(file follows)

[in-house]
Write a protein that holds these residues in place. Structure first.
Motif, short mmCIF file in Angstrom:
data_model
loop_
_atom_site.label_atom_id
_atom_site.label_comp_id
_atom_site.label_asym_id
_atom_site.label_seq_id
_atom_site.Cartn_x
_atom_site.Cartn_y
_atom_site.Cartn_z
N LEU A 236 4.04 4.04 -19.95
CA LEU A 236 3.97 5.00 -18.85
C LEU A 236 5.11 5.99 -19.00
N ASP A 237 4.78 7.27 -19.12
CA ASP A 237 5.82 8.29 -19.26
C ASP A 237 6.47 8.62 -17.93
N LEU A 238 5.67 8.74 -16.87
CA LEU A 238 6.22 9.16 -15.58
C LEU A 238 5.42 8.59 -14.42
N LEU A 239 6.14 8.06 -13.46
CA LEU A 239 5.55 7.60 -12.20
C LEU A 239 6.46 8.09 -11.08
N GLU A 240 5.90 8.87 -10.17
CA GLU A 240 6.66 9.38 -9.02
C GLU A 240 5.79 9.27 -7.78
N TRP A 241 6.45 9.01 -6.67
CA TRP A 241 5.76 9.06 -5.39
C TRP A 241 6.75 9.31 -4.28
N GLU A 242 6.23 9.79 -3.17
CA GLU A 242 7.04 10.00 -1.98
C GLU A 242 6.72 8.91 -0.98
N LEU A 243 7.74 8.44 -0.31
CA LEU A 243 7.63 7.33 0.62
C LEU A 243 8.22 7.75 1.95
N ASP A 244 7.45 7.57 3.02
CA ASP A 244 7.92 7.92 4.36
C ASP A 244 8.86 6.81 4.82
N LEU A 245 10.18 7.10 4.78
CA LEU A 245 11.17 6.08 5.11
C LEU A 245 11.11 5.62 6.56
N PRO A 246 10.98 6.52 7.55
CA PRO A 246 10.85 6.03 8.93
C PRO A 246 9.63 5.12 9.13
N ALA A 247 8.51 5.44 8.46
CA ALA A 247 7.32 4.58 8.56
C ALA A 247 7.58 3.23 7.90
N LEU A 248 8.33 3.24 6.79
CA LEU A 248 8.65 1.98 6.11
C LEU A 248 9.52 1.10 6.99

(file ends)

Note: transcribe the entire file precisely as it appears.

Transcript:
[in-house]
Write a protein that holds these residues in place. Structure first.
Motif, short mmCIF file in Angstrom:
data_model
loop_
_atom_site.label_atom_id
_atom_site.label_comp_id
_atom_site.label_asym_id
_atom_site.label_seq_id
_atom_site.Cartn_x
_atom_site.Cartn_y
_atom_site.Cartn_z
N LEU A 236 4.04 4.04 -19.95
CA LEU A 236 3.97 5.00 -18.85
C LEU A 236 5.11 5.99 -19.00
N ASP A 237 4.78 7.27 -19.12
CA ASP A 237 5.82 8.29 -19.26
C ASP A 237 6.47 8.62 -17.93
N LEU A 238 5.67 8.74 -16.87
CA LEU A 238 6.22 9.16 -15.58
C LEU A 238 5.42 8.59 -14.42
N LEU A 239 6.14 8.06 -13.46
CA LEU A 239 5.55 7.60 -12.20
C LEU A 239 6.46 8.09 -11.08
N GLU A 240 5.90 8.87 -10.17
CA GLU A 240 6.66 9.38 -9.02
C GLU A 240 5.79 9.27 -7.78
N TRP A 241 6.45 9.01 -6.67
CA TRP A 241 5.76 9.06 -5.39
C TRP A 241 6.75 9.31 -4.28
N GLU A 242 6.23 9.79 -3.17
CA GLU A 242 7.04 10.00 -1.98
C GLU A 242 6.72 8.91 -0.98
N LEU A 243 7.74 8.44 -0.31
CA LEU A 243 7.63 7.33 0.62
C LEU A 243 8.22 7.75 1.95
N ASP A 244 7.45 7.57 3.02
CA ASP A 244 7.92 7.92 4.36
C ASP A 244 8.86 6.81 4.82
N LEU A 245 10.18 7.10 4.78
CA LEU A 245 11.17 6.08 5.11
C LEU A 245 11.11 5.62 6.56
N PRO A 246 10.98 6.52 7.55
CA PRO A 246 10.85 6.03 8.93
C PRO A 246 9.63 5.12 9.13
N ALA A 247 8.51 5.44 8.46
CA ALA A 247 7.32 4.58 8.56
C ALA A 247 7.58 3.23 7.90
N LEU A 248 8.33 3.24 6.79
CA LEU A 248 8.65 1.98 6.11
C LEU A 248 9.52 1.10 6.99